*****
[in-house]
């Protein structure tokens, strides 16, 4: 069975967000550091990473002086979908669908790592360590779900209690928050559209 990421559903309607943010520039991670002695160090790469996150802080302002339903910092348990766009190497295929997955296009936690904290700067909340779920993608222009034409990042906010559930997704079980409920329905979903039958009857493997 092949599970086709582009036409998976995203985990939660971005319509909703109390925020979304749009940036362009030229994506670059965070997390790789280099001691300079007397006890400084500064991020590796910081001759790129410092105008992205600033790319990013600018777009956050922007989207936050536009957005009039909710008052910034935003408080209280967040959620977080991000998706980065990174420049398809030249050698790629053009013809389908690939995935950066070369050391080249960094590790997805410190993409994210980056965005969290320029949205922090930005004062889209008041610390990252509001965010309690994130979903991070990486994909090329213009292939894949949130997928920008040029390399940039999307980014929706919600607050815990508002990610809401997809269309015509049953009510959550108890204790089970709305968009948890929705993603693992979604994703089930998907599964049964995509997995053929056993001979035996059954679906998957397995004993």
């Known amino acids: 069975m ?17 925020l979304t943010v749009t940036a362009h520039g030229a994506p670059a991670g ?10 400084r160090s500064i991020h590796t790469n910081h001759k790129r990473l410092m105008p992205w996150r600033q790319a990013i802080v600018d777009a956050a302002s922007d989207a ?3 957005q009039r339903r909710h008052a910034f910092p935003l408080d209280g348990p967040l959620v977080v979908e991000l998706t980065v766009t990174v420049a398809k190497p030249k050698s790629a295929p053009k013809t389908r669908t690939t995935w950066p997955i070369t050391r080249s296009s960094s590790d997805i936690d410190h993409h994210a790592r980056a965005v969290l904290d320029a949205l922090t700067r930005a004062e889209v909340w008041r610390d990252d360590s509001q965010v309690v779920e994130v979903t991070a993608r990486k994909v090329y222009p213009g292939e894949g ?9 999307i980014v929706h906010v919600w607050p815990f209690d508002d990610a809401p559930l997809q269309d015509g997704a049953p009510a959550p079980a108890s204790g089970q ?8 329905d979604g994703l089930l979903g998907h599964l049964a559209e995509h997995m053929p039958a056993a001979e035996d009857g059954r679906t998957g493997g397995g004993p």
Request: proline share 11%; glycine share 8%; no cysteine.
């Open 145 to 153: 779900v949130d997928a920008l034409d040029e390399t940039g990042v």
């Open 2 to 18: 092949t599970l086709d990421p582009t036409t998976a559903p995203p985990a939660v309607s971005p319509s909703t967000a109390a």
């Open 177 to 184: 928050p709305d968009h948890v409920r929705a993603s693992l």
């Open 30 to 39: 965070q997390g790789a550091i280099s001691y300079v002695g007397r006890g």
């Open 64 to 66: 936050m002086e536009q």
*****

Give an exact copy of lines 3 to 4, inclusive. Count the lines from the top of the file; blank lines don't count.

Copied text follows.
């Known amino acids: 069975m ?17 925020l979304t943010v749009t940036a362009h520039g030229a994506p670059a991670g ?10 400084r160090s500064i991020h590796t790469n910081h001759k790129r990473l410092m105008p992205w996150r600033q790319a990013i802080v600018d777009a956050a302002s922007d989207a ?3 957005q009039r339903r909710h008052a910034f910092p935003l408080d209280g348990p967040l959620v977080v979908e991000l998706t980065v766009t990174v420049a398809k190497p030249k050698s790629a295929p053009k013809t389908r669908t690939t995935w950066p997955i070369t050391r080249s296009s960094s590790d997805i936690d410190h993409h994210a790592r980056a965005v969290l904290d320029a949205l922090t700067r930005a004062e889209v909340w008041r610390d990252d360590s509001q965010v309690v779920e994130v979903t991070a993608r990486k994909v090329y222009p213009g292939e894949g ?9 999307i980014v929706h906010v919600w607050p815990f209690d508002d990610a809401p559930l997809q269309d015509g997704a049953p009510a959550p079980a108890s204790g089970q ?8 329905d979604g994703l089930l979903g998907h599964l049964a559209e995509h997995m053929p039958a056993a001979e035996d009857g059954r679906t998957g493997g397995g004993p």
Request: proline share 11%; glycine share 8%; no cysteine.